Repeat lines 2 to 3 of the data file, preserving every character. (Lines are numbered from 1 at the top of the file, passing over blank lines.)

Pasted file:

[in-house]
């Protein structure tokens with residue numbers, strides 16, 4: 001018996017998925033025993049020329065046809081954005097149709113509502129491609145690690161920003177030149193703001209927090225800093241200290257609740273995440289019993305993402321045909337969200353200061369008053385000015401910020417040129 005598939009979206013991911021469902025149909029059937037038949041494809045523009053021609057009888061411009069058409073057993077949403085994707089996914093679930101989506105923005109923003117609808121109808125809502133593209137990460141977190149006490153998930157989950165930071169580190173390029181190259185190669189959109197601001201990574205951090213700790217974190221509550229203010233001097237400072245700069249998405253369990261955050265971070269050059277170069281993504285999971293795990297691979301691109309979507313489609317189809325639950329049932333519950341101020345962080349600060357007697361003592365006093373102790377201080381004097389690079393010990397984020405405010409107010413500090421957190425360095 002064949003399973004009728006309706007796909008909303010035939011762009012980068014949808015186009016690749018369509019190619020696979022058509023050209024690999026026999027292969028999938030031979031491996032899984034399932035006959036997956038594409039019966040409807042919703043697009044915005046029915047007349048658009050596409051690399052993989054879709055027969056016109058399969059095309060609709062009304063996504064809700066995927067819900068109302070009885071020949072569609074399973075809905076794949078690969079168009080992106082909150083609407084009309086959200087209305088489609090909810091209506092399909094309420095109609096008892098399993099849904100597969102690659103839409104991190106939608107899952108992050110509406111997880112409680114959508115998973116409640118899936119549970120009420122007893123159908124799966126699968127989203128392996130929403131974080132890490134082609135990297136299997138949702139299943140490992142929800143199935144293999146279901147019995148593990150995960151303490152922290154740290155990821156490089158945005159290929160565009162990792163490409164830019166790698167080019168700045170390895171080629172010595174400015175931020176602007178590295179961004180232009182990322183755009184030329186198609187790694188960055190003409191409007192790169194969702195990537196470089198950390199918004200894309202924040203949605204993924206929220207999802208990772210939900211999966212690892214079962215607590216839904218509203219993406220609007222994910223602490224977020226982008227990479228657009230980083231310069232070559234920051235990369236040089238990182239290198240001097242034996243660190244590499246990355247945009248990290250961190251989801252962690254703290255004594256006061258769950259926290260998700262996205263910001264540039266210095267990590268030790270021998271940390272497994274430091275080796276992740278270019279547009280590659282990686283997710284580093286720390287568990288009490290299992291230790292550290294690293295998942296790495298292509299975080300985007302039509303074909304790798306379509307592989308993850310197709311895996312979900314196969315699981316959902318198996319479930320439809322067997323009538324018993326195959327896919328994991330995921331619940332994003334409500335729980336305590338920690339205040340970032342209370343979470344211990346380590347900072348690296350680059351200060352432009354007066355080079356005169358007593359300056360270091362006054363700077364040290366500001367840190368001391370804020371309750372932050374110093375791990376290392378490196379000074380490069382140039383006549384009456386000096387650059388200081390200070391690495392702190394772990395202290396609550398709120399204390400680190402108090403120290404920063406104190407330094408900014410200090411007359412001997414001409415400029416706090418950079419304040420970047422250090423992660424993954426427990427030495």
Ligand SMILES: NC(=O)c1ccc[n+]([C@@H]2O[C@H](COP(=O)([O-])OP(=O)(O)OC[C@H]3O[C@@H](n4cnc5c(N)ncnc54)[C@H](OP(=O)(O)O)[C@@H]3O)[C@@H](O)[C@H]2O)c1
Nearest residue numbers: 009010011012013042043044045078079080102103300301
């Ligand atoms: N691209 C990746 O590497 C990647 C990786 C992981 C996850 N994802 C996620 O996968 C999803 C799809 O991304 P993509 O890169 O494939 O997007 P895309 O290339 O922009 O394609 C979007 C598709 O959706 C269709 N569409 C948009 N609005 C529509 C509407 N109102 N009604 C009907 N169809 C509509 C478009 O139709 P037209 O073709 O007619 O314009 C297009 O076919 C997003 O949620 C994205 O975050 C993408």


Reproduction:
């Protein structure tokens with residue numbers, strides 16, 4: 001018996017998925033025993049020329065046809081954005097149709113509502129491609145690690161920003177030149193703001209927090225800093241200290257609740273995440289019993305993402321045909337969200353200061369008053385000015401910020417040129 005598939009979206013991911021469902025149909029059937037038949041494809045523009053021609057009888061411009069058409073057993077949403085994707089996914093679930101989506105923005109923003117609808121109808125809502133593209137990460141977190149006490153998930157989950165930071169580190173390029181190259185190669189959109197601001201990574205951090213700790217974190221509550229203010233001097237400072245700069249998405253369990261955050265971070269050059277170069281993504285999971293795990297691979301691109309979507313489609317189809325639950329049932333519950341101020345962080349600060357007697361003592365006093373102790377201080381004097389690079393010990397984020405405010409107010413500090421957190425360095 002064949003399973004009728006309706007796909008909303010035939011762009012980068014949808015186009016690749018369509019190619020696979022058509023050209024690999026026999027292969028999938030031979031491996032899984034399932035006959036997956038594409039019966040409807042919703043697009044915005046029915047007349048658009050596409051690399052993989054879709055027969056016109058399969059095309060609709062009304063996504064809700066995927067819900068109302070009885071020949072569609074399973075809905076794949078690969079168009080992106082909150083609407084009309086959200087209305088489609090909810091209506092399909094309420095109609096008892098399993099849904100597969102690659103839409104991190106939608107899952108992050110509406111997880112409680114959508115998973116409640118899936119549970120009420122007893123159908124799966126699968127989203128392996130929403131974080132890490134082609135990297136299997138949702139299943140490992142929800143199935144293999146279901147019995148593990150995960151303490152922290154740290155990821156490089158945005159290929160565009162990792163490409164830019166790698167080019168700045170390895171080629172010595174400015175931020176602007178590295179961004180232009182990322183755009184030329186198609187790694188960055190003409191409007192790169194969702195990537196470089198950390199918004200894309202924040203949605204993924206929220207999802208990772210939900211999966212690892214079962215607590216839904218509203219993406220609007222994910223602490224977020226982008227990479228657009230980083231310069232070559234920051235990369236040089238990182239290198240001097242034996243660190244590499246990355247945009248990290250961190251989801252962690254703290255004594256006061258769950259926290260998700262996205263910001264540039266210095267990590268030790270021998271940390272497994274430091275080796276992740278270019279547009280590659282990686283997710284580093286720390287568990288009490290299992291230790292550290294690293295998942296790495298292509299975080300985007302039509303074909304790798306379509307592989308993850310197709311895996312979900314196969315699981316959902318198996319479930320439809322067997323009538324018993326195959327896919328994991330995921331619940332994003334409500335729980336305590338920690339205040340970032342209370343979470344211990346380590347900072348690296350680059351200060352432009354007066355080079356005169358007593359300056360270091362006054363700077364040290366500001367840190368001391370804020371309750372932050374110093375791990376290392378490196379000074380490069382140039383006549384009456386000096387650059388200081390200070391690495392702190394772990395202290396609550398709120399204390400680190402108090403120290404920063406104190407330094408900014410200090411007359412001997414001409415400029416706090418950079419304040420970047422250090423992660424993954426427990427030495």
Ligand SMILES: NC(=O)c1ccc[n+]([C@@H]2O[C@H](COP(=O)([O-])OP(=O)(O)OC[C@H]3O[C@@H](n4cnc5c(N)ncnc54)[C@H](OP(=O)(O)O)[C@@H]3O)[C@@H](O)[C@H]2O)c1